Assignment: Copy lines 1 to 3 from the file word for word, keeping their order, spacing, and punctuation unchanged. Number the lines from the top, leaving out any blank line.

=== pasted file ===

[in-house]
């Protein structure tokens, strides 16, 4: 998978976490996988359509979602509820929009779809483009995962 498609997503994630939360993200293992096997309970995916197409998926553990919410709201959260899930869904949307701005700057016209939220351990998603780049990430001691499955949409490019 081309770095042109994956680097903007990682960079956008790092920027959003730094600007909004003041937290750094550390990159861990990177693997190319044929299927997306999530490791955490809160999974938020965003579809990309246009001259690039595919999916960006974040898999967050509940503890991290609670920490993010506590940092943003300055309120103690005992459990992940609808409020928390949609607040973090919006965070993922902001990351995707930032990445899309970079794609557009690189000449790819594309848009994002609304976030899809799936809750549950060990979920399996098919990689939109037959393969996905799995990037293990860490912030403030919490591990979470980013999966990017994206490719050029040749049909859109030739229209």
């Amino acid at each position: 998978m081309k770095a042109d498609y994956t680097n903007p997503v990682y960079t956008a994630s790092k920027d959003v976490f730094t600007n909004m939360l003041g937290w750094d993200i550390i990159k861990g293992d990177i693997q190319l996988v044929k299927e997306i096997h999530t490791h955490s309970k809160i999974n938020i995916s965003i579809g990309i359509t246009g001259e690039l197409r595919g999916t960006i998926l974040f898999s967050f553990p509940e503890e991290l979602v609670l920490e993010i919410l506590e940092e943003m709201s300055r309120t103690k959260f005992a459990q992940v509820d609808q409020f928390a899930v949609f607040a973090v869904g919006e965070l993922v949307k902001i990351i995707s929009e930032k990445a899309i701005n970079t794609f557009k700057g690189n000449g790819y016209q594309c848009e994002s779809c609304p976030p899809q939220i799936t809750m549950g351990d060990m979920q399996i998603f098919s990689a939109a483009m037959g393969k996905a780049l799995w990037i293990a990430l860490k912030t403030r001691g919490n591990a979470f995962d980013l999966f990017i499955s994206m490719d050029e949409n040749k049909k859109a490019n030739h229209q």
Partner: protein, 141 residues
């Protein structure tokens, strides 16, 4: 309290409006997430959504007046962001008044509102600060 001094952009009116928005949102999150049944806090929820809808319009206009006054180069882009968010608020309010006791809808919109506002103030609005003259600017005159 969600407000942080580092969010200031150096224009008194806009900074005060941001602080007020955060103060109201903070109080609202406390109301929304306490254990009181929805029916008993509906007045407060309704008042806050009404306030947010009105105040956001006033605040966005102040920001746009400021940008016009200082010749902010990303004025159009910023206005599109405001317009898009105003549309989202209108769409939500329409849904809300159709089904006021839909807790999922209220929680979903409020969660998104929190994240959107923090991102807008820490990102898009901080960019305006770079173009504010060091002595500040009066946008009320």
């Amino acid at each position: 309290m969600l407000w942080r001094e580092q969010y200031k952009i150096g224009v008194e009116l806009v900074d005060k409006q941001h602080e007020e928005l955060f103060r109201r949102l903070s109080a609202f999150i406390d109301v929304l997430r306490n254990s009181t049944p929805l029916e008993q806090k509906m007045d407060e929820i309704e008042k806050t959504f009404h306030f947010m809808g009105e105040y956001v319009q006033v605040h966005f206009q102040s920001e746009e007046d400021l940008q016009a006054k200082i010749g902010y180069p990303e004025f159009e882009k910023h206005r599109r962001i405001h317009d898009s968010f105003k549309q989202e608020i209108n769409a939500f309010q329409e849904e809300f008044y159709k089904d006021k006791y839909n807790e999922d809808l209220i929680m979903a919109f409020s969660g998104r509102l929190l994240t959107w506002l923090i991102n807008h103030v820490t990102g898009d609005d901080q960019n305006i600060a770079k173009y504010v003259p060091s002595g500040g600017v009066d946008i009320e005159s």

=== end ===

[in-house]
């Protein structure tokens, strides 16, 4: 998978976490996988359509979602509820929009779809483009995962 498609997503994630939360993200293992096997309970995916197409998926553990919410709201959260899930869904949307701005700057016209939220351990998603780049990430001691499955949409490019 081309770095042109994956680097903007990682960079956008790092920027959003730094600007909004003041937290750094550390990159861990990177693997190319044929299927997306999530490791955490809160999974938020965003579809990309246009001259690039595919999916960006974040898999967050509940503890991290609670920490993010506590940092943003300055309120103690005992459990992940609808409020928390949609607040973090919006965070993922902001990351995707930032990445899309970079794609557009690189000449790819594309848009994002609304976030899809799936809750549950060990979920399996098919990689939109037959393969996905799995990037293990860490912030403030919490591990979470980013999966990017994206490719050029040749049909859109030739229209």
């Amino acid at each position: 998978m081309k770095a042109d498609y994956t680097n903007p997503v990682y960079t956008a994630s790092k920027d959003v976490f730094t600007n909004m939360l003041g937290w750094d993200i550390i990159k861990g293992d990177i693997q190319l996988v044929k299927e997306i096997h999530t490791h955490s309970k809160i999974n938020i995916s965003i579809g990309i359509t246009g001259e690039l197409r595919g999916t960006i998926l974040f898999s967050f553990p509940e503890e991290l979602v609670l920490e993010i919410l506590e940092e943003m709201s300055r309120t103690k959260f005992a459990q992940v509820d609808q409020f928390a899930v949609f607040a973090v869904g919006e965070l993922v949307k902001i990351i995707s929009e930032k990445a899309i701005n970079t794609f557009k700057g690189n000449g790819y016209q594309c848009e994002s779809c609304p976030p899809q939220i799936t809750m549950g351990d060990m979920q399996i998603f098919s990689a939109a483009m037959g393969k996905a780049l799995w990037i293990a990430l860490k912030t403030r001691g919490n591990a979470f995962d980013l999966f990017i499955s994206m490719d050029e949409n040749k049909k859109a490019n030739h229209q």